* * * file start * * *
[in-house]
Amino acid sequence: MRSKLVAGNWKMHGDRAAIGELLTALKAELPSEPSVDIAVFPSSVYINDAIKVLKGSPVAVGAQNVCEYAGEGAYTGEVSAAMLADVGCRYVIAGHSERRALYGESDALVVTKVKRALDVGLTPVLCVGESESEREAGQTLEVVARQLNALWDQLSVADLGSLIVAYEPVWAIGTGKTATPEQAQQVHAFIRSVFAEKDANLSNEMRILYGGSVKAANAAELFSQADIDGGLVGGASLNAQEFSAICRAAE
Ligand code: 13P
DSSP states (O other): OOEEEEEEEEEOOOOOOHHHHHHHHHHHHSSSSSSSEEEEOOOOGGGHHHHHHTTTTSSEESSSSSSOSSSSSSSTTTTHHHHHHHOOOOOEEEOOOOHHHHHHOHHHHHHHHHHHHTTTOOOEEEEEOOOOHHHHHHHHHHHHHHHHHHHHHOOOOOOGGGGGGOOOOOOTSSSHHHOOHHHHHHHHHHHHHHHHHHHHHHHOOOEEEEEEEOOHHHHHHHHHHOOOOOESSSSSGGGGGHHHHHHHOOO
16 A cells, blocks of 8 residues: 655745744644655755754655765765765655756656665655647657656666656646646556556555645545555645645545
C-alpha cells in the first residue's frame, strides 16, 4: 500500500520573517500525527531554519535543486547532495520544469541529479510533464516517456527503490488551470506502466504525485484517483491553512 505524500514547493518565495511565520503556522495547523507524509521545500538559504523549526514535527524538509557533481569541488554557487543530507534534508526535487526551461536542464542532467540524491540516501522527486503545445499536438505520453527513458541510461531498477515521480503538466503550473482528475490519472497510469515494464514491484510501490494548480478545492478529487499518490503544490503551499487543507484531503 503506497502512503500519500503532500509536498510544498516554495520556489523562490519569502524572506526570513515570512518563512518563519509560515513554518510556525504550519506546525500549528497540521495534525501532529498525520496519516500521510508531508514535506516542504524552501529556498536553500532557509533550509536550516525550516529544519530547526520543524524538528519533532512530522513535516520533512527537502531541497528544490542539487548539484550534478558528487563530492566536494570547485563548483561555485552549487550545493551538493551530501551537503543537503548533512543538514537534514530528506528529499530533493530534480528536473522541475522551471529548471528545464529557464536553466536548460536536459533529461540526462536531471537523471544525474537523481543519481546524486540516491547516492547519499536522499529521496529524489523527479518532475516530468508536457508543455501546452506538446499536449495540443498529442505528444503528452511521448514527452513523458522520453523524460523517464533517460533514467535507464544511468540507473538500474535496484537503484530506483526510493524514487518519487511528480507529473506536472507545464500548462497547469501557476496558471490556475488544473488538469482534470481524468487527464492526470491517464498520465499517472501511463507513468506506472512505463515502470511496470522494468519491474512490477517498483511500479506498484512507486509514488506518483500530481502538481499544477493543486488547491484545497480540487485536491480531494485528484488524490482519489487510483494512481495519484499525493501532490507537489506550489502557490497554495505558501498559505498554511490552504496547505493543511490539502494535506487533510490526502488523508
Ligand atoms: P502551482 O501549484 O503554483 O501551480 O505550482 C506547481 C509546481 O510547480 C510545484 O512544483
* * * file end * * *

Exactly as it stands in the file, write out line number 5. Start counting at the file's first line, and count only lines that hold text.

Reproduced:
16 A cells, blocks of 8 residues: 655745744644655755754655765765765655756656665655647657656666656646646556556555645545555645645545